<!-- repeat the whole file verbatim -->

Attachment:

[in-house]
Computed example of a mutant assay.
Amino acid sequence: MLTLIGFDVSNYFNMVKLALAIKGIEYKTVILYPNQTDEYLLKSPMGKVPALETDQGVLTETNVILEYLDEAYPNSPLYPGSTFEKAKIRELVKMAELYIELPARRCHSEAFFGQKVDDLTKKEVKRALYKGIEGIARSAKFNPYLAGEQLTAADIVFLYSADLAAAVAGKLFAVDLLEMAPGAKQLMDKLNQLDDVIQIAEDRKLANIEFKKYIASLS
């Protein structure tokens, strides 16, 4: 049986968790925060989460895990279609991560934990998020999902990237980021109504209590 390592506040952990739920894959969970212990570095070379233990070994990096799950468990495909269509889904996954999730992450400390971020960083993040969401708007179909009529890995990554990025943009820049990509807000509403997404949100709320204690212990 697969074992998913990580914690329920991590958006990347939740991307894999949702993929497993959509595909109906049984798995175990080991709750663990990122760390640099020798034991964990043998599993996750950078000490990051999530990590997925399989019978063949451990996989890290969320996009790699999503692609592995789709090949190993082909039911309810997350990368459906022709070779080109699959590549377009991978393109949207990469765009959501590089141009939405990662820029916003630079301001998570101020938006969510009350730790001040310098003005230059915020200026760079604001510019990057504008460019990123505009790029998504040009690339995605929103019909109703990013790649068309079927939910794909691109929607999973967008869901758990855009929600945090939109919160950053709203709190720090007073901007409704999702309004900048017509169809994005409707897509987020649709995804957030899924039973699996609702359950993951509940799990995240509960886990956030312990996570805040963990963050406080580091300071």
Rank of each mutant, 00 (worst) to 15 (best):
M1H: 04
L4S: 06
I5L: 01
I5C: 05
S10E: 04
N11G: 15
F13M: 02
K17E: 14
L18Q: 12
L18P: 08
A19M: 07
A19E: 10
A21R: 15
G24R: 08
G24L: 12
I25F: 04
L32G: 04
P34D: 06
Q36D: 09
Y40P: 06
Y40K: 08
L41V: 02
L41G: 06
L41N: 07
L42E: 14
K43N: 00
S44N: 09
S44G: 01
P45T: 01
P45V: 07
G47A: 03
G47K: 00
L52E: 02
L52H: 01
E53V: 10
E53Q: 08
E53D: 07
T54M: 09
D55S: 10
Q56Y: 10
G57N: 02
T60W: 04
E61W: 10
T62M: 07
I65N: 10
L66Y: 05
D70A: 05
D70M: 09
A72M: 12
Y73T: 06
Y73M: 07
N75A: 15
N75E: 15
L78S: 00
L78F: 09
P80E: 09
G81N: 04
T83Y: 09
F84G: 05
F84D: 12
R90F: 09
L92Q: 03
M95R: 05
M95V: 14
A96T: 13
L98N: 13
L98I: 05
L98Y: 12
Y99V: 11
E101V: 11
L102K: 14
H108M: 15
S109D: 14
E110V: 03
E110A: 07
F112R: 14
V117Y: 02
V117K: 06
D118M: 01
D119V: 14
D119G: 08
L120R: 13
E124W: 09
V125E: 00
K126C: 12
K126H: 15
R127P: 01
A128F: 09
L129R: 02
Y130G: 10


[in-house]
Computed example of a mutant assay.
Amino acid sequence: MLTLIGFDVSNYFNMVKLALAIKGIEYKTVILYPNQTDEYLLKSPMGKVPALETDQGVLTETNVILEYLDEAYPNSPLYPGSTFEKAKIRELVKMAELYIELPARRCHSEAFFGQKVDDLTKKEVKRALYKGIEGIARSAKFNPYLAGEQLTAADIVFLYSADLAAAVAGKLFAVDLLEMAPGAKQLMDKLNQLDDVIQIAEDRKLANIEFKKYIASLS
């Protein structure tokens, strides 16, 4: 049986968790925060989460895990279609991560934990998020999902990237980021109504209590 390592506040952990739920894959969970212990570095070379233990070994990096799950468990495909269509889904996954999730992450400390971020960083993040969401708007179909009529890995990554990025943009820049990509807000509403997404949100709320204690212990 697969074992998913990580914690329920991590958006990347939740991307894999949702993929497993959509595909109906049984798995175990080991709750663990990122760390640099020798034991964990043998599993996750950078000490990051999530990590997925399989019978063949451990996989890290969320996009790699999503692609592995789709090949190993082909039911309810997350990368459906022709070779080109699959590549377009991978393109949207990469765009959501590089141009939405990662820029916003630079301001998570101020938006969510009350730790001040310098003005230059915020200026760079604001510019990057504008460019990123505009790029998504040009690339995605929103019909109703990013790649068309079927939910794909691109929607999973967008869901758990855009929600945090939109919160950053709203709190720090007073901007409704999702309004900048017509169809994005409707897509987020649709995804957030899924039973699996609702359950993951509940799990995240509960886990956030312990996570805040963990963050406080580091300071």
Rank of each mutant, 00 (worst) to 15 (best):
M1H: 04
L4S: 06
I5L: 01
I5C: 05
S10E: 04
N11G: 15
F13M: 02
K17E: 14
L18Q: 12
L18P: 08
A19M: 07
A19E: 10
A21R: 15
G24R: 08
G24L: 12
I25F: 04
L32G: 04
P34D: 06
Q36D: 09
Y40P: 06
Y40K: 08
L41V: 02
L41G: 06
L41N: 07
L42E: 14
K43N: 00
S44N: 09
S44G: 01
P45T: 01
P45V: 07
G47A: 03
G47K: 00
L52E: 02
L52H: 01
E53V: 10
E53Q: 08
E53D: 07
T54M: 09
D55S: 10
Q56Y: 10
G57N: 02
T60W: 04
E61W: 10
T62M: 07
I65N: 10
L66Y: 05
D70A: 05
D70M: 09
A72M: 12
Y73T: 06
Y73M: 07
N75A: 15
N75E: 15
L78S: 00
L78F: 09
P80E: 09
G81N: 04
T83Y: 09
F84G: 05
F84D: 12
R90F: 09
L92Q: 03
M95R: 05
M95V: 14
A96T: 13
L98N: 13
L98I: 05
L98Y: 12
Y99V: 11
E101V: 11
L102K: 14
H108M: 15
S109D: 14
E110V: 03
E110A: 07
F112R: 14
V117Y: 02
V117K: 06
D118M: 01
D119V: 14
D119G: 08
L120R: 13
E124W: 09
V125E: 00
K126C: 12
K126H: 15
R127P: 01
A128F: 09
L129R: 02
Y130G: 10